When we first saw these a while back, we called them “screwdrivers designed to do all the things you’re not supposed to do with a screwdriver” — like hammering, prying, and generally destroying things. We also knew that we needed to get our hands on a set to see if they’re really as sturdy as they look in pictures.
And what better way is there to test a demolition screwdriver than to break s#!% with it? That’s exactly what we did. The results: we hate to use the word “unbreakable,” but these are some tough-ass screwdrivers. Read on past the jump for some serious first hand abuse and lots of pictures.
Note: Click on smaller pictures for larger ones.
Bless Stanley for skipping the ubiquitous clamshell packaging for good ‘ole cardboard backing. Getting at these drivers is as simple as pushing on the package to poke the tips out the back.
The heart of these drivers’ durability comes from what Stanley calls the “thru-tang bar” — which in plain English means that the shaft extends all the way through the handle to a cold-formed steel “striking cap” at the top. So, when you bash the crap out of it with a hammer, the force you’re applying is borne by the driver’s steel components as opposed to the plastic handle.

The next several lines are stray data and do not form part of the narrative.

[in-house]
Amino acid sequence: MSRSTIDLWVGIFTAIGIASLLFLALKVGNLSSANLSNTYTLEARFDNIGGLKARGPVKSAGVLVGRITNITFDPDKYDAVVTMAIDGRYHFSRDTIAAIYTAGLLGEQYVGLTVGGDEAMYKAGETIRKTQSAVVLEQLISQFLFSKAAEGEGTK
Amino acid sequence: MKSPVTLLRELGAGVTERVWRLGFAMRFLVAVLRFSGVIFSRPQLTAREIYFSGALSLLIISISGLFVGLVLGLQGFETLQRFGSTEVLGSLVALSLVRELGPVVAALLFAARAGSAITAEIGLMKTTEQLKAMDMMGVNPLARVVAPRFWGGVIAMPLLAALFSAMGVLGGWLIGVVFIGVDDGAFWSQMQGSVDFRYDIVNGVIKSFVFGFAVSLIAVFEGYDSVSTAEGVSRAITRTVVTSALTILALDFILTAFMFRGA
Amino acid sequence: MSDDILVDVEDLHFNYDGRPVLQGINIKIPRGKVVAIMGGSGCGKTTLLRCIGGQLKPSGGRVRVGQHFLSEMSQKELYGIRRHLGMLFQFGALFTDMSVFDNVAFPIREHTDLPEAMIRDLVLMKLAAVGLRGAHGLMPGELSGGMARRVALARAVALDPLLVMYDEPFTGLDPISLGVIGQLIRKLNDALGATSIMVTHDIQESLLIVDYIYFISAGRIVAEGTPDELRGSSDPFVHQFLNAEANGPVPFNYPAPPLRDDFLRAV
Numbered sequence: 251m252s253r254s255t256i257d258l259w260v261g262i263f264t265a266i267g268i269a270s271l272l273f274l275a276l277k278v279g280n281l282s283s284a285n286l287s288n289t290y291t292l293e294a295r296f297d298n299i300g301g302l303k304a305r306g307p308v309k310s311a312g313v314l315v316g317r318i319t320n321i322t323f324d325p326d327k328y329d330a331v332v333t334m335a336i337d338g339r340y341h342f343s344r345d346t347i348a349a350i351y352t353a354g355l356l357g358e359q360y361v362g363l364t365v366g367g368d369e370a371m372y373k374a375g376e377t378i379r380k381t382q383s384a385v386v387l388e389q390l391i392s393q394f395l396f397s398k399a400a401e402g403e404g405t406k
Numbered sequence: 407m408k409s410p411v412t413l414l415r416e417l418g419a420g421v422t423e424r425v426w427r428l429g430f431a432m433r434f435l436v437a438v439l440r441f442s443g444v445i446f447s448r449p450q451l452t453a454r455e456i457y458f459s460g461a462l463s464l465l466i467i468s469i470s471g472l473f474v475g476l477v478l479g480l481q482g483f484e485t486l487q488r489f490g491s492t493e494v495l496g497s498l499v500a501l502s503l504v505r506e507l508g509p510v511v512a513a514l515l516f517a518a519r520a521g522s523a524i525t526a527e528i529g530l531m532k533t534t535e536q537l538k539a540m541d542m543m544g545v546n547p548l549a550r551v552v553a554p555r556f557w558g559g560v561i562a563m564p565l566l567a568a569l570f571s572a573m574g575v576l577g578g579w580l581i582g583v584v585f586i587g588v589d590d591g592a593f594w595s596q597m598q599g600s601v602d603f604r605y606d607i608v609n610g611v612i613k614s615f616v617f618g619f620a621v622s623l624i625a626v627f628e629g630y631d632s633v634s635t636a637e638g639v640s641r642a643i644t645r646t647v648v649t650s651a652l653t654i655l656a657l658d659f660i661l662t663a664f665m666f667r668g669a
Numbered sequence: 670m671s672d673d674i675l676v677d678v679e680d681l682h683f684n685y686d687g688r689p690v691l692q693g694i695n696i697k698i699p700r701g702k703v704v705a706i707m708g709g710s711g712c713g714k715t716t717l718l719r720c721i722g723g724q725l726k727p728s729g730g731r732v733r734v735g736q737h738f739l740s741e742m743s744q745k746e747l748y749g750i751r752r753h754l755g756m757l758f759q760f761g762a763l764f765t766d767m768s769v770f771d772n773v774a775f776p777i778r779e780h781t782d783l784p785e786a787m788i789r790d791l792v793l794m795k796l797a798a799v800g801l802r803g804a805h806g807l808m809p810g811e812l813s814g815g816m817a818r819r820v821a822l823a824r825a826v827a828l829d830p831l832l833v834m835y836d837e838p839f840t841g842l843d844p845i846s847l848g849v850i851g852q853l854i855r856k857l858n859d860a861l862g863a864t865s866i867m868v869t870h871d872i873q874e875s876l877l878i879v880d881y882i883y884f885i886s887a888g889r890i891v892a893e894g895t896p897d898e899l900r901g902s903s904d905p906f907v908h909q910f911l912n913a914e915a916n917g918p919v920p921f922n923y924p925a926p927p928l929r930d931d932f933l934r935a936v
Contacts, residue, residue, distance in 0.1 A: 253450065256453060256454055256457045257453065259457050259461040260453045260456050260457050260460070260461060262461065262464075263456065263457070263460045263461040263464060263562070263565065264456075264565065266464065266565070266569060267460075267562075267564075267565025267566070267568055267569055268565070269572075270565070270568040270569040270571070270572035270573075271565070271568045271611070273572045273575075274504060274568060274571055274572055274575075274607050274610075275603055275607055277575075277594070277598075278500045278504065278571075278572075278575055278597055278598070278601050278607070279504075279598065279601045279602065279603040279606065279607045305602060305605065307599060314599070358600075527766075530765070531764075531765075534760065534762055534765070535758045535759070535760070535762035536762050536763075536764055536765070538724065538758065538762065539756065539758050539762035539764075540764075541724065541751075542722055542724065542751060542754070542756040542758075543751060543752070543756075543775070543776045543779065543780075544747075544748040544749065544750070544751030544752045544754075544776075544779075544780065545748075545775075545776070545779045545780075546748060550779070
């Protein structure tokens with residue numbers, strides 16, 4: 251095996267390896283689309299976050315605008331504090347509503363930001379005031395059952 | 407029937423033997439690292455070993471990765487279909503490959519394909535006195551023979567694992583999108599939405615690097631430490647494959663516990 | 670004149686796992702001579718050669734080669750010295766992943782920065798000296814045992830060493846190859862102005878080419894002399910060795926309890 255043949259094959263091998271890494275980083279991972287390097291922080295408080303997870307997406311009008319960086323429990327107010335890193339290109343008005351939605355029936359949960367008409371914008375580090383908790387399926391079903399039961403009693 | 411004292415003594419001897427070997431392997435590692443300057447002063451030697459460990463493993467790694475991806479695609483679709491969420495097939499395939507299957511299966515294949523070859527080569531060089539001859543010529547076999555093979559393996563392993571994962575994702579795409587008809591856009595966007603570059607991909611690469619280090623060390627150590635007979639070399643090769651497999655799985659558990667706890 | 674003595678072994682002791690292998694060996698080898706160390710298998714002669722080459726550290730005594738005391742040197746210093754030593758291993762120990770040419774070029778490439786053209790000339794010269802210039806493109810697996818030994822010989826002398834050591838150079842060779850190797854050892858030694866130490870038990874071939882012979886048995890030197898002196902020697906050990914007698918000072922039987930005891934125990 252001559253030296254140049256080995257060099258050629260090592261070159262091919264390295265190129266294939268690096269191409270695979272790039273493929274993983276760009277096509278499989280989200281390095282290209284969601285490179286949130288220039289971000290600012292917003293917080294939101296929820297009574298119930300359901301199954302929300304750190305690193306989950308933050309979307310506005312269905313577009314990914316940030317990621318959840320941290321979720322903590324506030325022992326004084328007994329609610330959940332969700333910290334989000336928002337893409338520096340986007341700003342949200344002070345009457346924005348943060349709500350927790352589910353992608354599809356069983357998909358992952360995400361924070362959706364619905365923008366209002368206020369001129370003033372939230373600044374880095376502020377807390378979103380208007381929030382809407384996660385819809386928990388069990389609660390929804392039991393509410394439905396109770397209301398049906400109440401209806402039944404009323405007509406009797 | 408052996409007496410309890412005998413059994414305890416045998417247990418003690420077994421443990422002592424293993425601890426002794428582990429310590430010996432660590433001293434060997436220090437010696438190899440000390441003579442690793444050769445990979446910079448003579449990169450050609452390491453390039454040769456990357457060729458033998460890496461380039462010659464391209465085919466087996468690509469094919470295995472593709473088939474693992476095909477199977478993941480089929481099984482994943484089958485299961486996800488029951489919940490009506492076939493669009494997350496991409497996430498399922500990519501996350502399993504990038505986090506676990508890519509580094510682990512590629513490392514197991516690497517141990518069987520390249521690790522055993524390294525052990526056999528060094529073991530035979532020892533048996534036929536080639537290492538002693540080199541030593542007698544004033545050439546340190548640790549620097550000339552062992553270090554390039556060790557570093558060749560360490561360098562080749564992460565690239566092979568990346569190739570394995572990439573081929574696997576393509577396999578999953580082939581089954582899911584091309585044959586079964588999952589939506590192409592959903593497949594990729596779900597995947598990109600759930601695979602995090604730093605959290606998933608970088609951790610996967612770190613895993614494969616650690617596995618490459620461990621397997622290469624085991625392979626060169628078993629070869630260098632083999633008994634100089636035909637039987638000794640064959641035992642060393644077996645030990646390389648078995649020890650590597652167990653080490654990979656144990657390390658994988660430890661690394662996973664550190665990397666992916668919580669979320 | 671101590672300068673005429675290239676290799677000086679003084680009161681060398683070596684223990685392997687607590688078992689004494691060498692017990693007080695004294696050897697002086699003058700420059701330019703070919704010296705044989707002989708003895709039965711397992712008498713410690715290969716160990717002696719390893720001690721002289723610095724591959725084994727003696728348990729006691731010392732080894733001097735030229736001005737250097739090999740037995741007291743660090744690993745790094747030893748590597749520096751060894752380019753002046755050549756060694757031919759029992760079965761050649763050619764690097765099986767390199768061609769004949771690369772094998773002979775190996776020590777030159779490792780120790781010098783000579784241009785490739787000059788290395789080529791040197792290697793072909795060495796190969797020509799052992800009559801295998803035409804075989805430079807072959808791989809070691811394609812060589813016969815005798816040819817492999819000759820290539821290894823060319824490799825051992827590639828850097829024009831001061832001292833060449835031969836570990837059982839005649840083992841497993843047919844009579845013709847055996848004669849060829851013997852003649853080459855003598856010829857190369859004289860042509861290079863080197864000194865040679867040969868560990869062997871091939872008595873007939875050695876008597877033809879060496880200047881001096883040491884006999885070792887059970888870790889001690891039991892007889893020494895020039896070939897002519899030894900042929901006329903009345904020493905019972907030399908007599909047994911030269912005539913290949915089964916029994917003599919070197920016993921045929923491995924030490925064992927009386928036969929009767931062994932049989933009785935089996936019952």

As you can see in pictures, there’s also a significant plug of metal beneath the end cap to help absorb your destructive force and transfer it through the driver.
Stanley also thoughtfully provided these drivers with a specially-formed shaft that’s “shatter resistant,” a feature helpful when you’re using it as a pry bar.
These screwdrivers also feature a rubber grip with a little indent at the front that’s perfect placement for your thump when prying.
Once out in the shop, our first order of business was to find something to demolish. The 2×4 you see in these pictures is actually an old one that we used a long time back in our test of Bosch’s PS10 I-Driver; we drove hundreds of screws into this board, and only removed some of them. Hence it was sitting over in the corner waiting to serve as fodder for a test like this.
We started out by using a framing hammer — which seemed certain to mar the demolition driver’s end cap — to drive it into the 2×4. As you can see from the photos, it did make some little dimples, but nothing significant.
Continuing along our theme of doing everything you shouldn’t with a screwdriver, we drove the demo driver in deeper, then used the shaft as a pry bar to split the 2×4 completely in two. We then gouged out a hole using the end of the driver as a chisel, twisting it to apply radial stress to the handle.
Finally, we used a FUBAR and a small sledge to actually drive the screwdriver completely through the 2×4, handle and all. This is clearly something you’d never want to actually do with your tools.
The results: a few gouges in the handle, shaft, and tip and a few “craze” marks inside the handle’s plastic. This driver still feels sturdy and comfortable to hold.
In short, it’s fine.
Read on to page 2 for our conclusions.
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